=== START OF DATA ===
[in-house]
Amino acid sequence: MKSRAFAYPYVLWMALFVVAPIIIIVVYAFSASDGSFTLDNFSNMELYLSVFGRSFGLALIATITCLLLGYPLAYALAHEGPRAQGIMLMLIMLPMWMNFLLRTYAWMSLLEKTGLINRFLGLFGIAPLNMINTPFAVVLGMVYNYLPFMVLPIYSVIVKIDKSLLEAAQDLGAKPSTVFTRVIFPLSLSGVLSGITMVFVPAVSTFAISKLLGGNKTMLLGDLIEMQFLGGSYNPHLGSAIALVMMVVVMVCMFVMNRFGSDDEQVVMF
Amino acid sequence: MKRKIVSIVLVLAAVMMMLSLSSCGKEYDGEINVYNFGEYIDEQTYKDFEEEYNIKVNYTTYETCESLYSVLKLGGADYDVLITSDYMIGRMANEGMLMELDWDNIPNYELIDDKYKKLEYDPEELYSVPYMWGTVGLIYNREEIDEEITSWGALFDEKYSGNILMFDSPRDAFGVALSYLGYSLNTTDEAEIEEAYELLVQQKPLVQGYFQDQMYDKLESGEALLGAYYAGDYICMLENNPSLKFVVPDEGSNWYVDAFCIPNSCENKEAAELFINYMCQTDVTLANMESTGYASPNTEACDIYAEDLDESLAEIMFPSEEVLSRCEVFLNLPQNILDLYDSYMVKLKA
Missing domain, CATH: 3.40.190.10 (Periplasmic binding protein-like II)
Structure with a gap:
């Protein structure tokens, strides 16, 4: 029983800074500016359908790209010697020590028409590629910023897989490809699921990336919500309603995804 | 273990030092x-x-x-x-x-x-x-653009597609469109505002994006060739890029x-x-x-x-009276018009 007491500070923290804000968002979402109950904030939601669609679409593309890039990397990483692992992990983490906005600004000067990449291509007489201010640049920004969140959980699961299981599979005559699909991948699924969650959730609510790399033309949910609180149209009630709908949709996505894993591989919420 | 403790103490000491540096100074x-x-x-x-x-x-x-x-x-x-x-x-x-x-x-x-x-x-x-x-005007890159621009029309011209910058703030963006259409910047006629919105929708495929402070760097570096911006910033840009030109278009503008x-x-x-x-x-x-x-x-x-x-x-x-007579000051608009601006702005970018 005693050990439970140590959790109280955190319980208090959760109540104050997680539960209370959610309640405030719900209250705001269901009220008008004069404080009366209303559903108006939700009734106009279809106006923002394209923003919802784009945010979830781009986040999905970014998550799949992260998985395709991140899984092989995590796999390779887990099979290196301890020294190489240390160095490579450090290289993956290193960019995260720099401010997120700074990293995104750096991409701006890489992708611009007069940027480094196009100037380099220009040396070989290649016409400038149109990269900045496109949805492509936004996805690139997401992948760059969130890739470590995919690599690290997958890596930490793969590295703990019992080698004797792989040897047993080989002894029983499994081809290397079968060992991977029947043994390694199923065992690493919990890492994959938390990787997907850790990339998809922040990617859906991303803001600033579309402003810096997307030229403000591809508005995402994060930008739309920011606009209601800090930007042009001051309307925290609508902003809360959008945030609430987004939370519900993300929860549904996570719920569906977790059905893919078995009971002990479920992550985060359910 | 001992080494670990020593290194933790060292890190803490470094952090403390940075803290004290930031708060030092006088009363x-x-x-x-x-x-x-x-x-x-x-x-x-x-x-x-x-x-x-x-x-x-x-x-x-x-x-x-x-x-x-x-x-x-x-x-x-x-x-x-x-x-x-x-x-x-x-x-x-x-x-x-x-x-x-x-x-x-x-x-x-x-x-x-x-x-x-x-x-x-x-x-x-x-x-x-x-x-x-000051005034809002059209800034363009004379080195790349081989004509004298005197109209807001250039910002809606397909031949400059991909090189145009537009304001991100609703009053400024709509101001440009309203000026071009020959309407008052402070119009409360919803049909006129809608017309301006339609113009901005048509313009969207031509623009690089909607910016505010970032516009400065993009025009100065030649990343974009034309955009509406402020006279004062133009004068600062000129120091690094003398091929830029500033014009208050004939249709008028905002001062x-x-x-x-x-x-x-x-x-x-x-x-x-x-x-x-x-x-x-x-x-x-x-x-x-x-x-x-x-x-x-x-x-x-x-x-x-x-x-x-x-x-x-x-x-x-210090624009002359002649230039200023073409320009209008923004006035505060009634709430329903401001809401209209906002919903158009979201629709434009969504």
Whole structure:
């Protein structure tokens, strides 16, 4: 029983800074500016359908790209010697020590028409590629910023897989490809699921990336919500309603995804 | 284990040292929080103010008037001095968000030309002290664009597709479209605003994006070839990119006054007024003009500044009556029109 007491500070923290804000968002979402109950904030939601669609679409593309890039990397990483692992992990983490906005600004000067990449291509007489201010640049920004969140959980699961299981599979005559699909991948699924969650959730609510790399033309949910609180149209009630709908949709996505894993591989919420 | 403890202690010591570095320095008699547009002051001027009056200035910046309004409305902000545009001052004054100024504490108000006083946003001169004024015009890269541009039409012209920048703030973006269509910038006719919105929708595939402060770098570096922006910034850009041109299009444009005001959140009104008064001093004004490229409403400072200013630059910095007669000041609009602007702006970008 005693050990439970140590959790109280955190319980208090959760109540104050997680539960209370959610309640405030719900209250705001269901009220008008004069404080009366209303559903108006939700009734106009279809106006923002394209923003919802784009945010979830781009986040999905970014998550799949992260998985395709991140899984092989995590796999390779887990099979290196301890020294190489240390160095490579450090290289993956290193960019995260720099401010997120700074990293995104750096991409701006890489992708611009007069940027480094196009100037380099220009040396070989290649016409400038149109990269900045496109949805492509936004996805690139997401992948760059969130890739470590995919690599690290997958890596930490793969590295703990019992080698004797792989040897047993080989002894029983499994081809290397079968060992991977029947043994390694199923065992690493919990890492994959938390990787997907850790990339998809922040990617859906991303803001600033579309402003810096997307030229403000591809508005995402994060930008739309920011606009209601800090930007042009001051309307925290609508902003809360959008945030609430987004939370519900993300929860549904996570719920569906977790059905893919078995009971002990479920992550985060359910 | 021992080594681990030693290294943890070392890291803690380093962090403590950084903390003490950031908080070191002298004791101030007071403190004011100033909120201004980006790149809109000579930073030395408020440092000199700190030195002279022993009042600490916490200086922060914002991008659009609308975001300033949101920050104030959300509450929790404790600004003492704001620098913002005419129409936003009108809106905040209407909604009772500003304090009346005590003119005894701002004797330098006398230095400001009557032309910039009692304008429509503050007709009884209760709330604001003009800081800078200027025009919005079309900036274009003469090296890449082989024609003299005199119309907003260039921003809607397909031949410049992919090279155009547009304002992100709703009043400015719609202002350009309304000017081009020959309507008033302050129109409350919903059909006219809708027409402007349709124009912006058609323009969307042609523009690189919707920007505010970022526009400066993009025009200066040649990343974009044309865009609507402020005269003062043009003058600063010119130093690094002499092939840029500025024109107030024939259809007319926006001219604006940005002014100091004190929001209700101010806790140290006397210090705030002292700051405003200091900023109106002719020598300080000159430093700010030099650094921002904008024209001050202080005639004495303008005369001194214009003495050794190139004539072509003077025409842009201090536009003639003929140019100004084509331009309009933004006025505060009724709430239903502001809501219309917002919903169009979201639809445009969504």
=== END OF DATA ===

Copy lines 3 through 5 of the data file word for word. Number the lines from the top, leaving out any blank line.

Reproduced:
Amino acid sequence: MKRKIVSIVLVLAAVMMMLSLSSCGKEYDGEINVYNFGEYIDEQTYKDFEEEYNIKVNYTTYETCESLYSVLKLGGADYDVLITSDYMIGRMANEGMLMELDWDNIPNYELIDDKYKKLEYDPEELYSVPYMWGTVGLIYNREEIDEEITSWGALFDEKYSGNILMFDSPRDAFGVALSYLGYSLNTTDEAEIEEAYELLVQQKPLVQGYFQDQMYDKLESGEALLGAYYAGDYICMLENNPSLKFVVPDEGSNWYVDAFCIPNSCENKEAAELFINYMCQTDVTLANMESTGYASPNTEACDIYAEDLDESLAEIMFPSEEVLSRCEVFLNLPQNILDLYDSYMVKLKA
Missing domain, CATH: 3.40.190.10 (Periplasmic binding protein-like II)
Structure with a gap: